Using Cloudflare's HTTP/2 Server Push

For those unaware, when using Cloudflare to proxy your site, HTTP/2 support is usually on by default, and highly recommended, and you can also enable HTTP/3 too. But, for a while I thought that Cloudflare’s HTTP/2 would rob you of one of the really cool and touted features of HTTP/2: the server push. Well, as it turns out, that’s completely possible. Let’s dive in.

HTTP/2 Server Push, Explained

The normal flow of HTTP has been, for a while now, you make a request, you get a response. The client is the one asking for resources, and the server is the one sending them. Besides the other benefits of HTTP/2, which I’m not explaining right now as that’s for another post, but I’ll explain it as this: HTTP/2’s protocol is a series of binary “frames” sent between the client and the server, usually with the client asking for a resource and the server sending it. However, the server may send the client a PUSH_PROMISE frame, in which it contains a valid request. Unless the client cancels this, the server will behave as if the request in that frame was sent to it by the client, and it’ll send the resource over. In effect, the server can synthesize “fake” requests to respond to, and then respond to them. When used correctly, this can allow for one to do things like push over resources like a page’s JS or CSS that it’s guaranteed to require, allowing those to download while the client is still reading through the main page to assemble it, thus saving time compared to the client needing to download a resource, then read it up until it sees that it needs something else, then grab that…

In most HTTP servers, it’s pretty simple to tell them when and what to push. Apache, for example, inspects the Link headers set in the response, so adding Header add Link… lines to a Location are what you’d use. With NGINX, you add http2_push directives in a location block. Caddy uses the push directive… they’re all pretty simple.

Telling Cloudflare What to Push

My initial thoughts told me that HTTP/2 would be nearly wasted with Cloudflare, since they will only use HTTP/1.1 to connect to your backend… I kinda forgot that their cache exists for a second. If all HTTP/2 traffic is being converted to HTTP/1.1, you’ve even lost the benefit of multiple streams per connection, but if you’re not, say, because cache, that’s better. But, that out of the way, if the backend can’t push to Cloudflare, how can Cloudflare push to clients? Well it turns out they did add a feature for this, and it’s one I kinda said just a bit ago: They inspect the Link headers of the response. Any resources given a preload relation in a Link header will be HTTP/2 pushed to the connecting client if they can. If the resources are in Cloudflare’s cache, they’ll get pushed over, otherwise they’re fetched, then pushed. I do find it odd that the Link headers are passed through anyways, but… either way, here’s an example:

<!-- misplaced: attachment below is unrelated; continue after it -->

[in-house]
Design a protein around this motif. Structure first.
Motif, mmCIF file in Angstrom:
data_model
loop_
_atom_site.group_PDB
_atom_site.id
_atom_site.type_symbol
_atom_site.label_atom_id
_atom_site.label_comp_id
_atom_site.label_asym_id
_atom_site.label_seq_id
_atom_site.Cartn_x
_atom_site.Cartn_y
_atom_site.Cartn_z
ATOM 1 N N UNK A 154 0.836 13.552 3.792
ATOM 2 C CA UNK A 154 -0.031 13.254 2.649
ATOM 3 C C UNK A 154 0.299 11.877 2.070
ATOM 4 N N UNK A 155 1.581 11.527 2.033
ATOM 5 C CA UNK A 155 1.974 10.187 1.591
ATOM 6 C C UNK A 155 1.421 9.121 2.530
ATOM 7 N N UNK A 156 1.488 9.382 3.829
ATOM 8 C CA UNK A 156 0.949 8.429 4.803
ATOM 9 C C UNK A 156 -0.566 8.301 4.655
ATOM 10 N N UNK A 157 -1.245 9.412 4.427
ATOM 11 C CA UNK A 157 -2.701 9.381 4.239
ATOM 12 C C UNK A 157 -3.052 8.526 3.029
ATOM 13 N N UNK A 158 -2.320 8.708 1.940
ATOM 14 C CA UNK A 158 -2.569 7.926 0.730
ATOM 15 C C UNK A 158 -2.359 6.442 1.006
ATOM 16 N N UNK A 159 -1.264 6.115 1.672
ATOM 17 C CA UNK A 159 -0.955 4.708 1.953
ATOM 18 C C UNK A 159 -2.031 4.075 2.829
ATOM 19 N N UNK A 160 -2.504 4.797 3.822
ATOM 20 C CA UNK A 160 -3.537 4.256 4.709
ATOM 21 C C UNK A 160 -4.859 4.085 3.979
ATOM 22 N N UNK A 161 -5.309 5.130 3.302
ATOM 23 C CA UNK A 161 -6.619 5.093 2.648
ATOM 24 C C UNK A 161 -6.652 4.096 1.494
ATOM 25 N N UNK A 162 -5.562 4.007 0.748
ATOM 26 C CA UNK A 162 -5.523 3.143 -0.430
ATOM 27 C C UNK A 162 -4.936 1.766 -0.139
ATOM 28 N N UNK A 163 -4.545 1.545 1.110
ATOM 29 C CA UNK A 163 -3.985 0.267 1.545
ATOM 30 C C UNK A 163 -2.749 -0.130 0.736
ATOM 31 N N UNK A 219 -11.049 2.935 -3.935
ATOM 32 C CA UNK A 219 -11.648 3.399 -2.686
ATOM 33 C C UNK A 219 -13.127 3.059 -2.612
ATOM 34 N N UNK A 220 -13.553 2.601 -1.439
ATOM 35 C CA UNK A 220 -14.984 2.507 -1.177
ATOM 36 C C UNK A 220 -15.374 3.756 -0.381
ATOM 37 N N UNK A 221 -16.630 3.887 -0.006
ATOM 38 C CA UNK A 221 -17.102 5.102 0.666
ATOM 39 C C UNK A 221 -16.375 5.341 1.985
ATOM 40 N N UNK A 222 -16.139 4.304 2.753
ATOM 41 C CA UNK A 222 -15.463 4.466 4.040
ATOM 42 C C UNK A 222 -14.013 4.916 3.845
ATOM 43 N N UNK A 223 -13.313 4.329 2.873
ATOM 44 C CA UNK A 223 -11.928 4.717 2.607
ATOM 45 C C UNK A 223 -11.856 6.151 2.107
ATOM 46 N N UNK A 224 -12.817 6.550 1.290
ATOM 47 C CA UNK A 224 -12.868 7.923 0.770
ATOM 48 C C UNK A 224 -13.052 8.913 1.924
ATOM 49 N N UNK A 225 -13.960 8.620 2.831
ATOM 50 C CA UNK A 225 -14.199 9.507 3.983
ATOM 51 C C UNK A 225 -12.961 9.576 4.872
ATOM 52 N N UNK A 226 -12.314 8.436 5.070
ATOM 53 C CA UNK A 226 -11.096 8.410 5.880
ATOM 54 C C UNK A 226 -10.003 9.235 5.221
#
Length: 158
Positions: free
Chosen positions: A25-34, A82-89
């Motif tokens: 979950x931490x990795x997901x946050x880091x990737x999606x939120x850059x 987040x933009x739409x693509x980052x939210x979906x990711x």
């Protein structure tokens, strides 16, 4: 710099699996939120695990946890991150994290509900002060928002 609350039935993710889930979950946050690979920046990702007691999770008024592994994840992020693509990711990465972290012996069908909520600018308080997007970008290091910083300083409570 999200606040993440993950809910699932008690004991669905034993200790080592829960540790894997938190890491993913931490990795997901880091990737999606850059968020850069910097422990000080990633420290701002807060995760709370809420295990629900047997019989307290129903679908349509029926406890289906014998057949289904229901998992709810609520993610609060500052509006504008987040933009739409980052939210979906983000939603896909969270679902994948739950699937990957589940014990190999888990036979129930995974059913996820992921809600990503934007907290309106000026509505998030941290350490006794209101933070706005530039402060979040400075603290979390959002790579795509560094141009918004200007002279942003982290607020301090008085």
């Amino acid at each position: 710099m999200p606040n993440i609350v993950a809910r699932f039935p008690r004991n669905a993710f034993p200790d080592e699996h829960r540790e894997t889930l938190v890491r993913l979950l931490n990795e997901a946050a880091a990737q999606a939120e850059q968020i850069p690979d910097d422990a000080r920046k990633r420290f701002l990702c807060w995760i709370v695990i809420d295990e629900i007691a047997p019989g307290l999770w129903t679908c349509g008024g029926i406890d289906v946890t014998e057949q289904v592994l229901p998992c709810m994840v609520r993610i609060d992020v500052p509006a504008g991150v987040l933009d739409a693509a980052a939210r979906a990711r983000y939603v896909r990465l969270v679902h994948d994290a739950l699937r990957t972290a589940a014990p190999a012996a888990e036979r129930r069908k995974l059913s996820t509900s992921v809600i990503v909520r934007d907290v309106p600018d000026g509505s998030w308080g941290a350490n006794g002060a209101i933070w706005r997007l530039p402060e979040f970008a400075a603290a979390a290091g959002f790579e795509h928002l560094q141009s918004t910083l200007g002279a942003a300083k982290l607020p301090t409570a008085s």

Link: </theme.CSS>; rel=preload, </medium-zoom.js>; rel=preload;

And if you’ve not noticed, I’ve already done this, so any reports from your inspector should tell you that most CSS, JS, and even fonts that I’m using are getting pushed to you if they’re not already cached by your browser.

This header would, when sent to Cloudflare (or, Apache), tell it to start pushing the theme.css and medium-zoom.js files to the client.

If you’re curious, the Link header is a spin-off of the <link> HTML tag, which is used… to tell a client how various resources link to each other. Normally you’d find <link>s in the <head> of the HTML page, but if you add them as a header, then the client can see and act on those just a little bit faster. Also, unlike the tag, the header can contain multiple links at once.

The link tag has been used for ages to add style sheets to your page, which, at this point, are a necessity, but it can do more than that, depending on the relation. Link tags, if you’re not aware, look like this:

<link href="/theme.css" type="text/css" rel="stylesheet" />

They specify the resource (href), it’s MIME type (type, optional), and a relation (rel) to the current resource, but they can add other parts too.

Each relation can mean something different, preload usually means to preemptively connect and get ready to download, feed would be the website’s RSS feed, stylesheet is… a stylesheet, there’s an entire list.

103 Early Hints

If you’ve read the Apache documentation, you’d know about this one. HTTP’s 1xx codes are “informational” in that they don’t signify the end of a particular exchange, it’s just the server remarking about something. 103 Early Hints would be used to, say, send a bunch of Link headers to the client before the server has fully processed their request and is ready to send response data to the client, so the client can prepare by either getting ready to load the resources it needs, or accepting those PUSH_PROMISEs. While.. a Link header is just a Link header, the 103 Early Hints response was made pretty much entirely to send Link headers to the client for it to get to preloading resources while the server is still preparing a response.

I do find it funny though — If you send 103 Early Hints to Cloudflare’s servers, they have basically no idea what to do with that and… really do not like it. So uh… don’t do that.